For me, the best thing to do next is to transfer that data to an 'A to Z' street guide for you chosen area as
you will then take this with you when you visit the site.
Now, there are limitations to the above method that should be apparent. If the particular station/line in which you
are interested was constructed post-1899(ish), then the above method will not be useful to you and you will need
to try some of the following methods:
A useful resource are the series of 'Godfrey Edition' OS maps which mostly date from the early 20th Century
and are fantastically detailed and follow an 'A to Z' style format for each map. They cost around £2.00 - £3.00
per map and to see if your particular area is covered (they don't cover a particularly large area in each map and
some areas have not yet had their maps reproduced) go to
www.alangodfreymaps.co.uk. The maps can be bought through many online sources but by going to the Alan Godfrey
site you will be able to check out the full catalogue of maps.
Another useful map resource is E-bay. There are
usually a large number of old OS, A to Z and Bartholomews maps to be purchased covering everywhere
By using the above methods you should be able to track down the sites of all stations and railway sites of interest
in your area with minimal effort and financial outlay.
Part 2 - Visiting Sites
Now, I don't want to appear patronising but preparation before you visit any site is useful and ensures
you get the greatest amount out of any visit and don't (as I have on several occassions) returned home after a frustrating
marathon walk still not sure if you have found the exact spot or if a certain existing building had any railway
relation etc . . . so I hope the following tips may help:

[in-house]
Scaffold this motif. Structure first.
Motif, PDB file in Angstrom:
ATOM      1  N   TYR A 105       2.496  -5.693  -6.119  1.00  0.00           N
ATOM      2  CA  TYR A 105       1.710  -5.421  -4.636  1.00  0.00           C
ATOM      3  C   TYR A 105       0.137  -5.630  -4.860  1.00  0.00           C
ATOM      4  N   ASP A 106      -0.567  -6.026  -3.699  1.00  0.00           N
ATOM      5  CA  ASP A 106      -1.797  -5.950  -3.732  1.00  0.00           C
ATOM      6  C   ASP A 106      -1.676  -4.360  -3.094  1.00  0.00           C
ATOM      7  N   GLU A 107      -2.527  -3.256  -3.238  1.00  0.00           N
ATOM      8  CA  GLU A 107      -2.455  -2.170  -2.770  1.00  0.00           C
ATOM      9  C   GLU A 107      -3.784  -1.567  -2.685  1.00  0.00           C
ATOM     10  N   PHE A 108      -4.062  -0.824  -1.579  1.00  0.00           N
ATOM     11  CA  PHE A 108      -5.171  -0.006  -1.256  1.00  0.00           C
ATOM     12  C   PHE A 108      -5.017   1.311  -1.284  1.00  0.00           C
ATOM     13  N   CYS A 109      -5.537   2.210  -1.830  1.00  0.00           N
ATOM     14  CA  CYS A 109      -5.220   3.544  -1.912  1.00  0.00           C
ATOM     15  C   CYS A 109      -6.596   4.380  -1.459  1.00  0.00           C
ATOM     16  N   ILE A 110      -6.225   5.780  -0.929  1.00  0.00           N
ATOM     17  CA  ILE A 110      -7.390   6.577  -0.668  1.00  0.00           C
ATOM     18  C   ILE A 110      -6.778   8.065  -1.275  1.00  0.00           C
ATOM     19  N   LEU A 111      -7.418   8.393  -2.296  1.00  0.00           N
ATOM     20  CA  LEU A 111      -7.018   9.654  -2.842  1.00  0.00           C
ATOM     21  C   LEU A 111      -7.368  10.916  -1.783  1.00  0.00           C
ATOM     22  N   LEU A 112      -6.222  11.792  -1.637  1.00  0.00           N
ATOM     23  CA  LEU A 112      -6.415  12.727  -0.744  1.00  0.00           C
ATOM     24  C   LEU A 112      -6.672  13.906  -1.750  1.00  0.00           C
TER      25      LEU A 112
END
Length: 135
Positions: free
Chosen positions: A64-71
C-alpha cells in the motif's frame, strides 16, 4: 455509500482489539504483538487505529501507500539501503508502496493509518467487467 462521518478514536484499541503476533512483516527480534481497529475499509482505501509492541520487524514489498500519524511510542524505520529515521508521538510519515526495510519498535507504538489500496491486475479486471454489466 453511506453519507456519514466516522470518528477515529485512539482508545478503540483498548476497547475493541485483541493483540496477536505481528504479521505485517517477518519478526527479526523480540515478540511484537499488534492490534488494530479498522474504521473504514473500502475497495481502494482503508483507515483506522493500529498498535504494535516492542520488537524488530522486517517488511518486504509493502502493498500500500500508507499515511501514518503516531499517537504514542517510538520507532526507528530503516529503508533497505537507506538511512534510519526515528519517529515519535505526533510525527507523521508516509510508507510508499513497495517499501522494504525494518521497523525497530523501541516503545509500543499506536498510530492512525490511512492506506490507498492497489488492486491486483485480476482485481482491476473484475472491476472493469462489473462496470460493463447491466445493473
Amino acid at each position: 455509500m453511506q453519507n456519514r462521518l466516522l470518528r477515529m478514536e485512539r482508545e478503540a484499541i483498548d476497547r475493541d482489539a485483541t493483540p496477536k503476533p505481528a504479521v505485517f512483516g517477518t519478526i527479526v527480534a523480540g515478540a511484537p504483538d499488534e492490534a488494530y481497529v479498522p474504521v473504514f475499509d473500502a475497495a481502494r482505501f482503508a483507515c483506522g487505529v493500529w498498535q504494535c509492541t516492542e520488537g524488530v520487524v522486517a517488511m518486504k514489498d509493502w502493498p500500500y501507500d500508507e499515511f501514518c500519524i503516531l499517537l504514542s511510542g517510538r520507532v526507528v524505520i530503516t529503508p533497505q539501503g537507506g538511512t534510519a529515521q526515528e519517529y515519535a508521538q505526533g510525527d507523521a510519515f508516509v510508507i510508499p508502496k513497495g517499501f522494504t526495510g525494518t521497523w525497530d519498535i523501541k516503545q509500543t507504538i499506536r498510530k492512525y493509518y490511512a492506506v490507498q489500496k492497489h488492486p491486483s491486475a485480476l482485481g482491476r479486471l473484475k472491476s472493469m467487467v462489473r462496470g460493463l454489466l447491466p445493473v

ALWAYS research your site well beforehand and obtain as many period photographs of the site as possible
and study them well. There is nothing worse than visiting a station that now consists of a 'bus shelter', photographing it
and returning home only to discover a photograph some weeks later showing the station once had goods sidings/hotels/sheds etc . . .
but as you didn't know this in advance you didn't look for signs of their existence: remember that old
'barn' used by a builders merchants you walked past and didn't photograph? - that was the old goods shed! There is nothing worse
than that happening, especially if the site you visited was some distance away and you can't just 'pop back'
and investigate further: get as much as you can out of each site on your visit.
When analysing old photographs, particularly if the station and especially the line no longer exists, it is
easy, however well you have marked the spot on your A to Z street map, to arrive at a site only to find you can't see
anything indicating where the site once stood. A particularly frustrating thing you can do if you are not careful and don't follow
the earlier procedure correctly, is to look at an old map which shows a street corresponding to the same street
on your modern A to Z, saying to yourself "well, the station stood to the left of the road as you walk up
it from so and so street" and marking it thus on your A to Z. However, unbeknown to you in the intervening years
the road was realigned and the actual station site is now to the right of the road today. This is an easy error to
make unless you follow the method above. A useful tip is to look at old photographs and look beyond the
railway site: are there any distinguishing features in the background of the photograph that can help you
locate your spot such as a church steeple or a row of houses, for example? When you visit the site, take
the old photographs with you as these will prove invaluable in getting as much out of your visit as possible.
It might sound a little daft, but if you are really stuck - for example you knew there was a level crossing
at the site which wasn't shown up on your map studies - ask someone passing-by who looks old enough to remember the site
in action. I have on a number of occassions and been given some very useful information!